It's no secret that a vast population researches online and buys offline, as much as 50% of your customer base according to recent research by Yahoo Search Marketing (NetBanker April 24). Whether the practice has evolved from habit, security reasons, or a need for face-to-face interaction, it's an important dynamic for financial institutions that have billions invested in retail branch networks.
Until consumers are ready to give up the branch experience, an important function of financial institution websites is to funnel prospects into the branch. Most banks now have prominent branch/ATM search functions.
These tools, often outsourced, usually provide good utilitarian results: name, location, hours, phone, and directions. This is enough information for current customers just looking for the closest place to pick up $100 with no ATM fee or deposit the rebate check from Procter & Gamble.
But as a sales tool for prospects considering a major purchase such as a new checking account or mortgage, the typical "branch finder" leaves a lot to be desired.
Considering how inexpensive it is to post content online, why is it that banks do so little to help their branches create a unique presence online? After all, bank "stores" are usually multi-million dollar operations with aggressive sales and profitability goals. Even our tiny US Bank branch, staffed with two or three employees, plus a security guard, is surrounded by $500,000+ homes where the largely middle-class owners often have equity of $300,000 or more.
Why doesn't my branch use every tool in the book to tap into this market? Just one or two additional home equity loans per year would pay for a killer website.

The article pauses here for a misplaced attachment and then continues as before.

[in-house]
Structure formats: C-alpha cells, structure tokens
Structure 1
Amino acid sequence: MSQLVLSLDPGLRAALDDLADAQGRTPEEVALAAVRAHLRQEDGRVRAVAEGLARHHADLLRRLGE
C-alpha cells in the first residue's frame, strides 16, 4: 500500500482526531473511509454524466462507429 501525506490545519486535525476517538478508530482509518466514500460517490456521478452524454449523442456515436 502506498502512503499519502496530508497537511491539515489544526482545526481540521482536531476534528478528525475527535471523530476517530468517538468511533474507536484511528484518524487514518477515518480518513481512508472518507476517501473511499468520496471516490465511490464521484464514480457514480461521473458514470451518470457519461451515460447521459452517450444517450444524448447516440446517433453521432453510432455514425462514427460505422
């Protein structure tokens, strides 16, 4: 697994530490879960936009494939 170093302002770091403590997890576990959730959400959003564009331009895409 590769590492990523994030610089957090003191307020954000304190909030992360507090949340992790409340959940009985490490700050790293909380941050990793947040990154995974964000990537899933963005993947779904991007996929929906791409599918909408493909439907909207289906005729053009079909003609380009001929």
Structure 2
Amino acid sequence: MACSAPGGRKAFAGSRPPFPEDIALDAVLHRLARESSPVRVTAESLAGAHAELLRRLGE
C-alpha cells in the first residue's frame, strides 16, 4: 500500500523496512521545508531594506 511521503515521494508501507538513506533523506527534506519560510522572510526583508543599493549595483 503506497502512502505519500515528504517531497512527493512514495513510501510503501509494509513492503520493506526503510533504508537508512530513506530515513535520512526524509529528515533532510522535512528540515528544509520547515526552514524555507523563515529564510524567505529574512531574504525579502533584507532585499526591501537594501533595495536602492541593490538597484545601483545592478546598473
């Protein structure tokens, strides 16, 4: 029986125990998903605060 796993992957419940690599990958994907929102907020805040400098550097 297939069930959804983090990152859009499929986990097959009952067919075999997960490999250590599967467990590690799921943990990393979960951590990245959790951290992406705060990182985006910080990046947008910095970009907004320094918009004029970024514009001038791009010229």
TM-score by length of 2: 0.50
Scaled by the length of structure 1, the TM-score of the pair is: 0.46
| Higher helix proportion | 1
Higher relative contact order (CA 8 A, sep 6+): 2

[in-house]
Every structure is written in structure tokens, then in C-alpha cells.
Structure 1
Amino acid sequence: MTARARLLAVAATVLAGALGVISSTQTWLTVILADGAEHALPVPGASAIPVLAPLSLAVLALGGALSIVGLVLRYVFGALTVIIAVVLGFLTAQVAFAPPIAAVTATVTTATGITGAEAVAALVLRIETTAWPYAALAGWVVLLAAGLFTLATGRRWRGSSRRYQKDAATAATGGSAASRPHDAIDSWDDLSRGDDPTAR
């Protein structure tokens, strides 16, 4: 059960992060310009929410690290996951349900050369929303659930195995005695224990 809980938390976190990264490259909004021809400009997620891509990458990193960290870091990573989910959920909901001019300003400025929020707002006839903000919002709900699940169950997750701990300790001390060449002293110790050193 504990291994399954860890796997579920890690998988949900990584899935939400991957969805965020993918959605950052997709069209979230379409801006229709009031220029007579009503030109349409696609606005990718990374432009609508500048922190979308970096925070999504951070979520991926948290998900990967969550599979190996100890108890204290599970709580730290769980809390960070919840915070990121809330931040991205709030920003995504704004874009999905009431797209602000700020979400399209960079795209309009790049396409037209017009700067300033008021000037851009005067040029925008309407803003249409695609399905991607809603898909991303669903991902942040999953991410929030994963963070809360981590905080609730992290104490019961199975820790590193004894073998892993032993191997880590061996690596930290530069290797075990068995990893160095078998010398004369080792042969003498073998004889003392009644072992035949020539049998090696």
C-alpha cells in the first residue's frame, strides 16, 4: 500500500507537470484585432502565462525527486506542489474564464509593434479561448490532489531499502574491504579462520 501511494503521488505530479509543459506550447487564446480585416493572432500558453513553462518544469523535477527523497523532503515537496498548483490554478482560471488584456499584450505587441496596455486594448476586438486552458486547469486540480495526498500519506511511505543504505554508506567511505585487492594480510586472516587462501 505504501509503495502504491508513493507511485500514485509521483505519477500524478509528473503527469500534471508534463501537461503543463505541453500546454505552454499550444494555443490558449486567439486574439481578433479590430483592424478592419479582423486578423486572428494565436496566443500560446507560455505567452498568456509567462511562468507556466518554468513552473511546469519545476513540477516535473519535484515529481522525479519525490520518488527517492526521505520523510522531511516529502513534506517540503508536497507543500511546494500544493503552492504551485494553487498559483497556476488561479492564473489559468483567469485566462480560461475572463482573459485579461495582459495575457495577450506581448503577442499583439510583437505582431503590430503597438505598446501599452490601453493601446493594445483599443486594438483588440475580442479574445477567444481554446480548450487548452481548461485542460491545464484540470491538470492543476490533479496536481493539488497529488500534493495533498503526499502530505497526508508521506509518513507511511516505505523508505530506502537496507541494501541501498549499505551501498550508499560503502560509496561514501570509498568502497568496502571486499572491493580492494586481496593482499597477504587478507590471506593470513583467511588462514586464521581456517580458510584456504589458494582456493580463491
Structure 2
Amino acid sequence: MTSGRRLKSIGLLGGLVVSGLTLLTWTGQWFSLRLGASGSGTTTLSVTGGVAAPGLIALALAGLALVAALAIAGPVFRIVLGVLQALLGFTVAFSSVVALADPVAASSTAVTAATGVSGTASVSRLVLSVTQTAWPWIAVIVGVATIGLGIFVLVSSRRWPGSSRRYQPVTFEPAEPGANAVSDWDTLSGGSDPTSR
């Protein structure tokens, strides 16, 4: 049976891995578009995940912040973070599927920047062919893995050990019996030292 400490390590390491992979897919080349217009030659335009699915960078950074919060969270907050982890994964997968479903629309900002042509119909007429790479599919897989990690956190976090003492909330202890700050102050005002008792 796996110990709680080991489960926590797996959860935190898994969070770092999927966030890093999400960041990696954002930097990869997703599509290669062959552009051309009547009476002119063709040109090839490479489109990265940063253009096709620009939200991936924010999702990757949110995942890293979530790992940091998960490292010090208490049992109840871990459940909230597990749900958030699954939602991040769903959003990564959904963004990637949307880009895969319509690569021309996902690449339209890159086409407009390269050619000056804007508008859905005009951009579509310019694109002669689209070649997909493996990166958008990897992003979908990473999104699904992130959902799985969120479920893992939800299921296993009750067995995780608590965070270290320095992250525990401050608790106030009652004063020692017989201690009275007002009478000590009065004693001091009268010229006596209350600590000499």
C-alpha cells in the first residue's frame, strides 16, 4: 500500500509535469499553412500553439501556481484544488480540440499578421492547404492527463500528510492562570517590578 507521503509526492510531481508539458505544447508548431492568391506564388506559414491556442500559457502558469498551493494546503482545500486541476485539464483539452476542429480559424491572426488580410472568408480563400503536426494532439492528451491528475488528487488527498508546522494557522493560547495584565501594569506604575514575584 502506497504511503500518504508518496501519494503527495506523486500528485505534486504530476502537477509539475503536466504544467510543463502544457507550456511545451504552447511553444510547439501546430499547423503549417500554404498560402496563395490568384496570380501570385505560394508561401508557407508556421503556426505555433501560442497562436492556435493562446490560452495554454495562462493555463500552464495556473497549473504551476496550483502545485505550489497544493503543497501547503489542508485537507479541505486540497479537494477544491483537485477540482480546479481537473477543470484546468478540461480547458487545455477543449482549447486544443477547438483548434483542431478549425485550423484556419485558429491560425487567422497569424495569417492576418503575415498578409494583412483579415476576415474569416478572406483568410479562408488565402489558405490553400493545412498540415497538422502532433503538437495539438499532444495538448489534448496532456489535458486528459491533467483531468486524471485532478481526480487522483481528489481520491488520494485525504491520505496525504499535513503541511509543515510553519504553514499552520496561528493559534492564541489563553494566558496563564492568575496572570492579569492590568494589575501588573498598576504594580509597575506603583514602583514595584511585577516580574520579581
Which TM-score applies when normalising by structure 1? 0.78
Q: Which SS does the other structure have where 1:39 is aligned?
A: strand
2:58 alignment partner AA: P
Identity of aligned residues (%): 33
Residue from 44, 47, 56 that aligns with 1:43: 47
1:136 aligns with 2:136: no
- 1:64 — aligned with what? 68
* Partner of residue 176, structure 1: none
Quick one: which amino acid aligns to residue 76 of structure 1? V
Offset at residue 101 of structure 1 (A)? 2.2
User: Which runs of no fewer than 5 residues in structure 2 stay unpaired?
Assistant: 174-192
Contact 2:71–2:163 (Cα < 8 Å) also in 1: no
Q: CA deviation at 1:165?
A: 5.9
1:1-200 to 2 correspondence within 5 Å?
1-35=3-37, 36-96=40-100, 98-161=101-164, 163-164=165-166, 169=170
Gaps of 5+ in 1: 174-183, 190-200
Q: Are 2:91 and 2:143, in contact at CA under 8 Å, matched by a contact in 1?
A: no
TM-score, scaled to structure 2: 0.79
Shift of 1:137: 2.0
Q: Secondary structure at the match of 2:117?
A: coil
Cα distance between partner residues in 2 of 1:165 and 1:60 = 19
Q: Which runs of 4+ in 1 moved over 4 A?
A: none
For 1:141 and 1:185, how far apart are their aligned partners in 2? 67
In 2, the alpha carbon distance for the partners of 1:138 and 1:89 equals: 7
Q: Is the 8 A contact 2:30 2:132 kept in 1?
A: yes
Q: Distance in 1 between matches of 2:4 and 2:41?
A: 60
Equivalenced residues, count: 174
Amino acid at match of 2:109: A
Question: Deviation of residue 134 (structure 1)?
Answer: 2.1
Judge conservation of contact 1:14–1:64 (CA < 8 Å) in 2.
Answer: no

We know the reasons banks keep branches from attempting their own creative marketing efforts: low-budget fliers may not align with company graphic standards; complicated disclosure rules must be followed; branch efforts might conflict with larger "branding efforts," and so on.
Those arguments don't hold as much weight online. Banks could employ a content-management system that allowed branches to customize their personal webpage for use in neighborhood marketing efforts, and that would be more likely to pull a website visitor into their branch.
While we've reported on several of these efforts over the years, it's still difficult to find a comprehensive "bricks-and-clicks" effort. We recently came across Thatsmybank.com from Sacramento-based First Northern Bank (click on screenshot upper left). While the bank does better than most with a branch page that includes a picture of the branch and branch manager along with the names of lending officers, it is still very basic. It doesn't even include the email address of the branch or any of the key contacts.
Mortgage banks have done a better job. Wells Fargo Home Loans has had individual Web pages for its lending offices for several years. Huntington Bank also provides each mortgage loan officer their own Web page (click on inset for closeup). The page is tightly controlled. The mortgage officer uploads a picture, fills in basic contact info, then adds a paragraph about themselves and their lending specialty.
The template is completed with a list of local links provided. The only interactive element is the mail-to link that allows visitors to send an email to the loan officer via the user's email client.
We believe branches should have a larger Web presence than just name, address, and phone number. Consider installing a content manager that allows branches to input custom localized content. It's a cost effective way to help branches and loan officers leverage their community connections and unique expertise.